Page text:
Members or candidates should disclose special compensation arrangements with the employer that might conflict with client interests, such as bonuses based on short- term performance criteria, commissions, incentive fees, performance fees, and referral fees.
If the member’s or candidate’s firm does not permit such disclosure, the member or candidate should document the request and may consider dissociating from the activity.
Members’ and candidates’ firms are encouraged to include information on compensation packages in firms’ promotional literature. If a member or candidate manages a portfolio for which the fee is based on capital gains or capital appreciation (a performance fee), this information should be disclosed to clients. If a member, a candidate,
or a member’s or candidate’s firm has outstanding agent options to buy stock as part of the compensation package for corporate financing activities, the amount and expiration date of these options should be disclosed as a footnote to any research report published the member’s or candidate’s firm.
Application of the Standard
Example 1 (Conflict of Interest and Business Relationships):
Hunter Weiss is a research analyst with Farmington Company, a broker and investment banking firm. Farmington’s merger and acquisition department has represented Vimco, a conglomerate, in all of Vimco’s acquisitions for 20 years. From time to time, Farmington officers sit on the boards of directors of various Vimco subsidiaries. Weiss
is writing a research report on Vimco.
Comment: Weiss must disclose in his research report Farmington’s special relationship with Vimco. Broker/dealer management of and participation in public offerings must be disclosed in research reports. Because the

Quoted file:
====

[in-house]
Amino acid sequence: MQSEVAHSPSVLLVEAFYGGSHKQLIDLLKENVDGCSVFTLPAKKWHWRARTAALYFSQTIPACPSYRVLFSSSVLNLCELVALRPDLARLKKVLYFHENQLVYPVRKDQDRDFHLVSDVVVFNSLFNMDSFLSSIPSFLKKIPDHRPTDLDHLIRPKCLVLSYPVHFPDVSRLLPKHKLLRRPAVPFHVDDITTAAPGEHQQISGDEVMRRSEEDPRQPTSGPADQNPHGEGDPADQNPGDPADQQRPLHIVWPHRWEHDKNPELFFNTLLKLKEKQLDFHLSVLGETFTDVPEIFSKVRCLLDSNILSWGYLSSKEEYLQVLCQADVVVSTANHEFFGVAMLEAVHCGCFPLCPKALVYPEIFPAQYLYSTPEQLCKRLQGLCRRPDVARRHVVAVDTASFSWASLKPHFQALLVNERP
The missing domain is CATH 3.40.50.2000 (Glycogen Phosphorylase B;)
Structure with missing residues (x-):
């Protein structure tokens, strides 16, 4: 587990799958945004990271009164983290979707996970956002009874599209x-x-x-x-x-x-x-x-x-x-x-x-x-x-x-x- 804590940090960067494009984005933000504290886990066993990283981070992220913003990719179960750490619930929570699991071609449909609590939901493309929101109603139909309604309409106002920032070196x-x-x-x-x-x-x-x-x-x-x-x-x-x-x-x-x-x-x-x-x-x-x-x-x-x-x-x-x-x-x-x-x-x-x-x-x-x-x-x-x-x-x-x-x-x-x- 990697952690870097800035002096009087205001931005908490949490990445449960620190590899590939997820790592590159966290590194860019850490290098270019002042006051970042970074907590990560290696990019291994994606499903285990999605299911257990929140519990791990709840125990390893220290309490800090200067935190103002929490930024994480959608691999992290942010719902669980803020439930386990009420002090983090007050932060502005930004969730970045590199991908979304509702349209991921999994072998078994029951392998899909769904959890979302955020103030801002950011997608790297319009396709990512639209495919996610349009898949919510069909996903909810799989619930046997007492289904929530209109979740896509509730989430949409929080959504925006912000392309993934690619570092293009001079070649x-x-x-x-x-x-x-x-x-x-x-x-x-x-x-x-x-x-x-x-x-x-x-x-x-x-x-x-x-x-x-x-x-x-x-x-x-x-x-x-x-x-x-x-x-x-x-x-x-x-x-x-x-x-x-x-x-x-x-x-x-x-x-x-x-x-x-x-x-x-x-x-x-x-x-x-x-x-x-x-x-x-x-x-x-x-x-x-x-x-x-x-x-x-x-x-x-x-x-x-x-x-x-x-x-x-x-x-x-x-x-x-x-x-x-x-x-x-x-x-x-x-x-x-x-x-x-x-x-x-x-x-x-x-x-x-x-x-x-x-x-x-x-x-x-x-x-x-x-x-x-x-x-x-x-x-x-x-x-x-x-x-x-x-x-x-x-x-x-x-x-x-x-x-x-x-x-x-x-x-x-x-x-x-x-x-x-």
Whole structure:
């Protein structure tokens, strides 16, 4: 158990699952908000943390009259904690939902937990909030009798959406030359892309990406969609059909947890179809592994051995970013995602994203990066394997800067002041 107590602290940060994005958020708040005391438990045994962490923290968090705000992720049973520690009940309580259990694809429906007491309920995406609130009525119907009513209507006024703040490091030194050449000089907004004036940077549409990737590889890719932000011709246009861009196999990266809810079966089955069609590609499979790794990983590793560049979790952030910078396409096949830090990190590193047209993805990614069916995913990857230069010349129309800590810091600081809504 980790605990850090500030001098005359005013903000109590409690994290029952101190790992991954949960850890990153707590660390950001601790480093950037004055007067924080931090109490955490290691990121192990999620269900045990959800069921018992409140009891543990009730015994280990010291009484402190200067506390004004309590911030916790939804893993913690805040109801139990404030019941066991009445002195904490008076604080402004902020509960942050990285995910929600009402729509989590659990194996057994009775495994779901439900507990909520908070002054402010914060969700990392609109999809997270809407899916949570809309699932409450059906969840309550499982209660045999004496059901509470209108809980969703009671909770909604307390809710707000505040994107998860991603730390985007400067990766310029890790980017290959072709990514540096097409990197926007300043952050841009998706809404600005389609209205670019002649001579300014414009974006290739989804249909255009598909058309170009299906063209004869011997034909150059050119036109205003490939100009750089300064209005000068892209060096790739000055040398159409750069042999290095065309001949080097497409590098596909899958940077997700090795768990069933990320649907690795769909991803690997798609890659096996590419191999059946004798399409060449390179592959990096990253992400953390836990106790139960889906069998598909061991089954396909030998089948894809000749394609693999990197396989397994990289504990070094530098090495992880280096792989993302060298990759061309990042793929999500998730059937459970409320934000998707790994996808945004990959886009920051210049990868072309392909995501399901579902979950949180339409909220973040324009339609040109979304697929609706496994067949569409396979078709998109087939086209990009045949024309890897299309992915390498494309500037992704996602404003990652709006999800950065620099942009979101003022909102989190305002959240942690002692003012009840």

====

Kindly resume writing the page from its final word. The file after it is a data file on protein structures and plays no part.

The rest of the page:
position of underwriter to a company entails a special past and potential future relationship with a company that is the subject of investment advice, it threatens the independence and objectivity of the report writer and must
Example 2 (Conflict of Interest and Business Stock Ownership):
The investment management firm of Dover & Roe sells a 25% interest in its partnership to a multinational bank holding company, First of New York. Immediately after the sale, Margaret Hobbs, president of Dover & Roe, changes her recommendation for First of New York’s common stock from “sell” to “buy” and adds First of New York’s
commercial paper to Dover & Roe’s approved list for purchase.
Comment: Hobbs must disclose the new relationship with First of New York to all Dover & Roe clients. This relationship must also be disclosed to clients the firm’s portfolio managers when they make specific investment
recommendations or take investment actions with respect to First of New York’s securities.
Example 3 (Conflict of Interest and Personal Stock Ownership):
Carl Fargmon, a research analyst who follows firms producing office equipment, has been recommending purchase of Kincaid Printing because of its innovative new line of copiers. After his initial report on the company, Fargmon’s wife inherits from a distant relative US$3 million of Kincaid stock. He has been asked to write a follow- up
report on Kincaid.
Comment: Fargmon must disclose his wife’s ownership of the Kincaid stock to his employer and in his follow- up report. Best practice would be to avoid the conflict asking his employer to assign another analyst to
draft the follow- up report.
Example 4 (Conflict of Interest and Personal Stock Ownership):
Betty Roberts is speculating in penny stocks for her own account and purchases 100,000 shares of Drew Mining, Inc., for US$0.30 a share. She intends to sell these shares at the sign of any substantial upward price movement of the stock. A week later, her employer asks her to write a report on penny stocks in the mining industry
to be published in two weeks. Even without owning the Drew stock, Roberts would recommend it in her report as a “buy.” A surge in the price of the stock to the US$2 range is likely to result once the report is issued.
Comment: Although this holding may not be material, Roberts must disclose it in the report and to her employer before writing the report because the gain for her will be substantial if the market responds strongly to her
recommendation. The fact that she has only recently purchased the stock adds to the appearance that she is not entirely objective.